Posted on February 28, 2018 and filed under Building Your Faith.

Stand Before Him With Your Little Ones

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The living and active Word of God never ceases to amaze me. A passage I’ve known for years breathes new life into my current situation, and I walk away ready to face the day. As my circumstances threatened to overtake me this month, God flooded my heart with hope and direction through 2 Chronicles 20. I’d like to share it with you for when you face the overwhelming. It is a long passage, but it’s so worth it, so please stick with me!

After this the Moabites and Ammonites, and with them some of the Meunites, came against Jehoshaphat for battle. 2 Some men came and told Jehoshaphat, “A great multitude is coming against you from Edom, from beyond the sea; and, behold, they are in Hazazon-tamar” (that is, Engedi). 3 Then Jehoshaphat was afraid and set his face to seek the Lord, and proclaimed a fast throughout all Judah. 4 And Judah assembled to seek help from the Lord; from all the cities of Judah they came to seek the Lord.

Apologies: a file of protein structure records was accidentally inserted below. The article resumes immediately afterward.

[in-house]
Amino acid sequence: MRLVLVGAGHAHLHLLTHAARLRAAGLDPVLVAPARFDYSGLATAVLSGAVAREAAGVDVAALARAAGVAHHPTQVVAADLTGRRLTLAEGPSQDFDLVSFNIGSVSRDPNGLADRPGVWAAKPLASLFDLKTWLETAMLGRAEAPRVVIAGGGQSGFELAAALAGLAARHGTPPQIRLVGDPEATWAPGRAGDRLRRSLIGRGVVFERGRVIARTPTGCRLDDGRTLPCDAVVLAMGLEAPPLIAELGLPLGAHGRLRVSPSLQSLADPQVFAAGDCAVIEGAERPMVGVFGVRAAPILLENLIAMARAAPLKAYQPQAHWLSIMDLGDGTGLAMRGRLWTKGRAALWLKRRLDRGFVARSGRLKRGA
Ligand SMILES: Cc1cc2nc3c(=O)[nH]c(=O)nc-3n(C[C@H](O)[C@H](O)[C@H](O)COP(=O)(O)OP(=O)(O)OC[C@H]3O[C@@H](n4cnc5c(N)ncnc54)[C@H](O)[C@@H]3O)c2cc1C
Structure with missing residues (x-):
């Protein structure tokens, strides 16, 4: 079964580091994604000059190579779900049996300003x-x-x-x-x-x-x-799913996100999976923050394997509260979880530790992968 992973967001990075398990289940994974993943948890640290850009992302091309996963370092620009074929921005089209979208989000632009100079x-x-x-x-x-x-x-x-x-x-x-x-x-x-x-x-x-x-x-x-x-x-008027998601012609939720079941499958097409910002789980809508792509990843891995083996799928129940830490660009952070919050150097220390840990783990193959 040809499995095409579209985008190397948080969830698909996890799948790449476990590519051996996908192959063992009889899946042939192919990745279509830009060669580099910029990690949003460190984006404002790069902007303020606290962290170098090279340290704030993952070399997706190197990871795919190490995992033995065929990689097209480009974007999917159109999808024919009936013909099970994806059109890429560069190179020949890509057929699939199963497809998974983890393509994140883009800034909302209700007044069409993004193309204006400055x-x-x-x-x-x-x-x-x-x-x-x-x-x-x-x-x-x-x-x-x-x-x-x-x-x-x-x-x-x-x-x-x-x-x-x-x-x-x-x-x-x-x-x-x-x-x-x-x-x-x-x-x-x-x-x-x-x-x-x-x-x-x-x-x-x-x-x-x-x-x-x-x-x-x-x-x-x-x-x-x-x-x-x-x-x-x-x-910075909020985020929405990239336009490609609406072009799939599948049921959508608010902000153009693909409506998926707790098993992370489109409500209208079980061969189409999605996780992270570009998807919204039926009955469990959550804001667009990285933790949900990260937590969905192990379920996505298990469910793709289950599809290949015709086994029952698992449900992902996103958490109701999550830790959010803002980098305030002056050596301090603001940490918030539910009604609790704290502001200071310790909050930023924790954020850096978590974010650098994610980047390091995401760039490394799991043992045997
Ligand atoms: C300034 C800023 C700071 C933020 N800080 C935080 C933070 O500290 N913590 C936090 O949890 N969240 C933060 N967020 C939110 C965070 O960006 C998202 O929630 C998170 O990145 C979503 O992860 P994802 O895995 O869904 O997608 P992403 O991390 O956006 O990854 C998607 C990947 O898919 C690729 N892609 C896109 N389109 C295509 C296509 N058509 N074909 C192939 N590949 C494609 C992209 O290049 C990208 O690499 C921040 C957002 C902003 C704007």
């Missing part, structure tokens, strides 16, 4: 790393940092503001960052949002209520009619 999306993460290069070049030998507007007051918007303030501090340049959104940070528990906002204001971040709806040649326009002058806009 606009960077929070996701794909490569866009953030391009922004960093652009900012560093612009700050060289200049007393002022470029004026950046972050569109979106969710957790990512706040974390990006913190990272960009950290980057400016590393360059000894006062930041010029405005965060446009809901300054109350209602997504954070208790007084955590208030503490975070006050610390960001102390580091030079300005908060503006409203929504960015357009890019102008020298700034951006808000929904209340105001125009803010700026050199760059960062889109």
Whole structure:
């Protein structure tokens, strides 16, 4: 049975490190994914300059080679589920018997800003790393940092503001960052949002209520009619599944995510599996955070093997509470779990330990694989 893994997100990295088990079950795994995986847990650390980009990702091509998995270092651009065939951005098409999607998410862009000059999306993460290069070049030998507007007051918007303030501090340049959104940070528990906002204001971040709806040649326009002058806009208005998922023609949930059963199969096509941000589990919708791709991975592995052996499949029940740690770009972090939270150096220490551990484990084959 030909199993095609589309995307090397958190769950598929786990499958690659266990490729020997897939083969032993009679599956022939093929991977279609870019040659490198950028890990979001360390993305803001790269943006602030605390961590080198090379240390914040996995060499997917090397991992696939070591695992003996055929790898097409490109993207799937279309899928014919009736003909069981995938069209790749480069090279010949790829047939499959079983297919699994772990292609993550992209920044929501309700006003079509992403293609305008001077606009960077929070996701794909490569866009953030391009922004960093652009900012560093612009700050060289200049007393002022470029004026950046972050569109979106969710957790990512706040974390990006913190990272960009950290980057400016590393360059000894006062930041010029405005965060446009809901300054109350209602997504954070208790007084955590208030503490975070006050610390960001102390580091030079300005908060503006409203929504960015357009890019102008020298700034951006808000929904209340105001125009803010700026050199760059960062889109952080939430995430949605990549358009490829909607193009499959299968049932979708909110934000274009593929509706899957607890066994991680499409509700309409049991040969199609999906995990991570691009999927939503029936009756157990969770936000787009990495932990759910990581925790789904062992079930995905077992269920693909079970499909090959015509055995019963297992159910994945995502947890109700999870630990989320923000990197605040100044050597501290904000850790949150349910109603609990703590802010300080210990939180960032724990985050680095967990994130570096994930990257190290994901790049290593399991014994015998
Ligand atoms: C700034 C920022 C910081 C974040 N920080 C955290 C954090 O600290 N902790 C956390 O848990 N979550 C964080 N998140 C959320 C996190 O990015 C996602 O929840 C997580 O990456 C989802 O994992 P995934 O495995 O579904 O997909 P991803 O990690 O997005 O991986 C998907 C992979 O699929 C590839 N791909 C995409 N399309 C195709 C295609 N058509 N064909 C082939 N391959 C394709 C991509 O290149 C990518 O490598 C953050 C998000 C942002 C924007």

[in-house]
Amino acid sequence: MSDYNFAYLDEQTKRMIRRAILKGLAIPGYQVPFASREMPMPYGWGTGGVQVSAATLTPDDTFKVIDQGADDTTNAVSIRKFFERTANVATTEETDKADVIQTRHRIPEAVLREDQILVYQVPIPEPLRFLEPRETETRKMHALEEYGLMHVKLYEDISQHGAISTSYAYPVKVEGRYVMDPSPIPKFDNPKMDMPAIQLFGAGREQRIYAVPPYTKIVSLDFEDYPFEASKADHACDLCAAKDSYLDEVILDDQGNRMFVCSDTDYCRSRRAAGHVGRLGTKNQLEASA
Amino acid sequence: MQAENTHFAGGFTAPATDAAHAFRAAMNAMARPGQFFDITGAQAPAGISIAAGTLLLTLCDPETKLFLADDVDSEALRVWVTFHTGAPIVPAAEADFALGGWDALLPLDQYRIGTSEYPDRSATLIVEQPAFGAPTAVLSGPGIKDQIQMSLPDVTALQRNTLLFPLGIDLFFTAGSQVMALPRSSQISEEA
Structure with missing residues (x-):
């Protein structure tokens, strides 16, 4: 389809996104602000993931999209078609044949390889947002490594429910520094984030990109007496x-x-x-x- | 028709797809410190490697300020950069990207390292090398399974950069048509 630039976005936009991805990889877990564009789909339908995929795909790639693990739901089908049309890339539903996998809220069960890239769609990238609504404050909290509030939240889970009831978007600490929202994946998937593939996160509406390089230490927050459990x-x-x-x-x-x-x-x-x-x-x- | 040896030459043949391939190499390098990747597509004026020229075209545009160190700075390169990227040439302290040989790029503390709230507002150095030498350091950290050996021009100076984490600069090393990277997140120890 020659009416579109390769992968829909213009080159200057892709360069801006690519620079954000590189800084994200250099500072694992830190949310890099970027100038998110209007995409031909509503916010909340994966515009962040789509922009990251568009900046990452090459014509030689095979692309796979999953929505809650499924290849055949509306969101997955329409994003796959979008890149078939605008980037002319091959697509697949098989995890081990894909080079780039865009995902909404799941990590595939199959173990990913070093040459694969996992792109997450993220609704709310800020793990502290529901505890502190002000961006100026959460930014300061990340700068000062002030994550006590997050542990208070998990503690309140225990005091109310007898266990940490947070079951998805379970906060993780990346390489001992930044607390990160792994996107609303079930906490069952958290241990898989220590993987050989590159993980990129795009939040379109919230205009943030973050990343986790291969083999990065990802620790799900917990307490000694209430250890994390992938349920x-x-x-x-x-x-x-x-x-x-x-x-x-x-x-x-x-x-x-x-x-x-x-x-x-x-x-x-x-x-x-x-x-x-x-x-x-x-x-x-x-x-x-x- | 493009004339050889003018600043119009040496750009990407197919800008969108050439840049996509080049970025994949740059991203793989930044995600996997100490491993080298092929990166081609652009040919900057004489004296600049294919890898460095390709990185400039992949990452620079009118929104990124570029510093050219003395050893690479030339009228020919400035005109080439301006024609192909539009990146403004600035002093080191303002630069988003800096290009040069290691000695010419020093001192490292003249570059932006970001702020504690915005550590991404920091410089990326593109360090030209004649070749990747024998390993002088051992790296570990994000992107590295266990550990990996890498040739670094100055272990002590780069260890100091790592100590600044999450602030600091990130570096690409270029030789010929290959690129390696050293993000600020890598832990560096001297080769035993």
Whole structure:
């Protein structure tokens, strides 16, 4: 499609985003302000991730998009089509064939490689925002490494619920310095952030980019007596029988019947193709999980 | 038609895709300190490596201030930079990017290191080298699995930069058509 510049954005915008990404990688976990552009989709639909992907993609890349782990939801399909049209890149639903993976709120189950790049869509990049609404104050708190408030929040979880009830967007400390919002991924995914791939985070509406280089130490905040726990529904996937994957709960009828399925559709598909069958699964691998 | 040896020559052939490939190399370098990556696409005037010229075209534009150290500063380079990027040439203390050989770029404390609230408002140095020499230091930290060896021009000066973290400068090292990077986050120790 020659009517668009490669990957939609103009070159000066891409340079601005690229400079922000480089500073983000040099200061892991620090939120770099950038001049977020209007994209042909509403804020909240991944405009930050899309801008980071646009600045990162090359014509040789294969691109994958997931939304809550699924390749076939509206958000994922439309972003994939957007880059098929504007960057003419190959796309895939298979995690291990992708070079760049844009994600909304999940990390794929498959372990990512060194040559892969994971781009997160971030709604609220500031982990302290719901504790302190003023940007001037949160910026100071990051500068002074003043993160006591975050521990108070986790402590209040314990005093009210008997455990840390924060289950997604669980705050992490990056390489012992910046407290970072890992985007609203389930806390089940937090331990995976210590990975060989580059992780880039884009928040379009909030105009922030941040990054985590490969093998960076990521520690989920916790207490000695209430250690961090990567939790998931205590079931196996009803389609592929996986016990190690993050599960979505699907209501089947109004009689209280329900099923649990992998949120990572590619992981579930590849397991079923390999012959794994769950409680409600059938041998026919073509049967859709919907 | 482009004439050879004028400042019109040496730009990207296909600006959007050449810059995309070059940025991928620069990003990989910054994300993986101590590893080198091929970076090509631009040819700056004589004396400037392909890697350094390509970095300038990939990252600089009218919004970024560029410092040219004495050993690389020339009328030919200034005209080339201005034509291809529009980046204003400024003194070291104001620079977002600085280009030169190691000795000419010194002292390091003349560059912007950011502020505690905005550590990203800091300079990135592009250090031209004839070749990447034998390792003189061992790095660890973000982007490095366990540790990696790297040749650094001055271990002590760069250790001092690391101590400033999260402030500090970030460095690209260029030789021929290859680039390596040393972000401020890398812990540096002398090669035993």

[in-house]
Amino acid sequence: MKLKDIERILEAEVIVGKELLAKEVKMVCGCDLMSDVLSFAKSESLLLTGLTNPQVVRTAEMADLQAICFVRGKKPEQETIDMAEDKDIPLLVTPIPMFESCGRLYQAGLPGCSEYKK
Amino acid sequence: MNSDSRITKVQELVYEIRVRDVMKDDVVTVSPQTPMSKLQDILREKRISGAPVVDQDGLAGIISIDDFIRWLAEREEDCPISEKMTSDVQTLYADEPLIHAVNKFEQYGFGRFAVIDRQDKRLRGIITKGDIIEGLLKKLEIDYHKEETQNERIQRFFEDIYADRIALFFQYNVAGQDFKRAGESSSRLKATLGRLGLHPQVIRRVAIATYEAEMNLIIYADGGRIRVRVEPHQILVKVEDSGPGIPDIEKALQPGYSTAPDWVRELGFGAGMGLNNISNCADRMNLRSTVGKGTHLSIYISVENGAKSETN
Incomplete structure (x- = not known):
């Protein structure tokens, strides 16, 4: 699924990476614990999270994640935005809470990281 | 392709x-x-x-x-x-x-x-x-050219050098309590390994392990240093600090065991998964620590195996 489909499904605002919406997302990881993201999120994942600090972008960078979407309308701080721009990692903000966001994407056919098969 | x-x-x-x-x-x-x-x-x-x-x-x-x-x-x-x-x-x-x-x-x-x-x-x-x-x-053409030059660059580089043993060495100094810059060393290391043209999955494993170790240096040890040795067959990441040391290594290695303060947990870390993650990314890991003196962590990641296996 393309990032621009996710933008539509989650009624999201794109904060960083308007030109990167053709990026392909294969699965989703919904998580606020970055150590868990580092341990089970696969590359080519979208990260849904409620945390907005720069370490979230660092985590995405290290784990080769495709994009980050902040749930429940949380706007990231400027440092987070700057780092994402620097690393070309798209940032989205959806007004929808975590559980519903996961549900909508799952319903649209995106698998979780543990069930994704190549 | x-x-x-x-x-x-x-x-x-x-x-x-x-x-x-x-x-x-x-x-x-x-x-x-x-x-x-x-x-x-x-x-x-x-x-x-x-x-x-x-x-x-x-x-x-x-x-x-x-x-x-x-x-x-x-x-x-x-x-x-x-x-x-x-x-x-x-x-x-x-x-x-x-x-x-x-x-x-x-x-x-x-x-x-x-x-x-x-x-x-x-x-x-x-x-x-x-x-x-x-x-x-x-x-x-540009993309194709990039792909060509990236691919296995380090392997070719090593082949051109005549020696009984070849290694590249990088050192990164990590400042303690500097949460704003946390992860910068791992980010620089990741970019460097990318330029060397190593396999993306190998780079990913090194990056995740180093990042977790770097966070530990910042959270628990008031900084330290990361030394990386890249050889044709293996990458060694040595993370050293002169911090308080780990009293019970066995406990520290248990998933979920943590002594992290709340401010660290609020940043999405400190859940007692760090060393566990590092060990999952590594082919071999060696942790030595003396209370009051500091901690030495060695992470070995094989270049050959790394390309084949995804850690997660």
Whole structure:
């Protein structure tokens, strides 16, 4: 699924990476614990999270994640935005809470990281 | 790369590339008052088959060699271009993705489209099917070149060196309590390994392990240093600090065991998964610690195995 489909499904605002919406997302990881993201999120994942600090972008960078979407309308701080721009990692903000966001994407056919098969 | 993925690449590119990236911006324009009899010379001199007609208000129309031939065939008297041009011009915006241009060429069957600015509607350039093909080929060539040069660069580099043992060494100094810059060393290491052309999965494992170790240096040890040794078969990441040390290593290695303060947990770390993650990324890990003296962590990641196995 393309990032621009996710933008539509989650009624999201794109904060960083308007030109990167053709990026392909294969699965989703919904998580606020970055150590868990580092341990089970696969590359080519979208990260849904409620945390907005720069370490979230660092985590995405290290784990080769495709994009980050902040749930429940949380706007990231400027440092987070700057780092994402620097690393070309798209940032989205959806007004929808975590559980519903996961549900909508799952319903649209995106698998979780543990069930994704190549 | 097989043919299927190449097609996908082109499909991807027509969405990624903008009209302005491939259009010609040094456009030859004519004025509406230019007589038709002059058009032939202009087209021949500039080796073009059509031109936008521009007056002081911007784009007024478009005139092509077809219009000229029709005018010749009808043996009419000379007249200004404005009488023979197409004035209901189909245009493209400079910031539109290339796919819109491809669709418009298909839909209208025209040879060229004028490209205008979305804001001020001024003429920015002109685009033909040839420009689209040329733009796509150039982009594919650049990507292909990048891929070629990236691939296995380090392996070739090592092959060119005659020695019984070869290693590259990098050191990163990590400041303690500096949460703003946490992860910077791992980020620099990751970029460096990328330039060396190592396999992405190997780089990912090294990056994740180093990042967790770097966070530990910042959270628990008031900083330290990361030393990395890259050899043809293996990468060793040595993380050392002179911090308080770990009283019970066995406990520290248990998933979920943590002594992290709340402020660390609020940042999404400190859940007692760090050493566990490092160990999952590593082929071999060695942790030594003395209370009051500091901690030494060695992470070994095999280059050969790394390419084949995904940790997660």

5 And Jehoshaphat stood in the assembly of Judah and Jerusalem, in the house of the Lord, before the new court, 6 and said, “O Lord, God of our fathers, are you not God in heaven? You rule over all the kingdoms of the nations. In your hand are power and might, so that none is able to withstand you. 7 Did you not, our God, drive out the inhabitants of this land before your people Israel, and give it forever to the descendants of Abraham your friend? 8 And they have lived in it and have built for you in it a sanctuary for your name, saying, 9 ‘If disaster comes upon us, the sword, judgment, or pestilence, or famine, we will stand before this house and before you—for your name is in this house—and cry out to you in our affliction, and you will hear and save.’ 10 And now behold, the men of Ammon and Moab and Mount Seir, whom you would not let Israel invade when they came from the land of Egypt, and whom they avoided and did not destroy— 11 behold, they reward us by coming to drive us out of your possession, which you have given us to inherit. 12 O our God, will you not execute judgment on them? For we are powerless against this great horde that is coming against us. We do not know what to do, but our eyes are on you.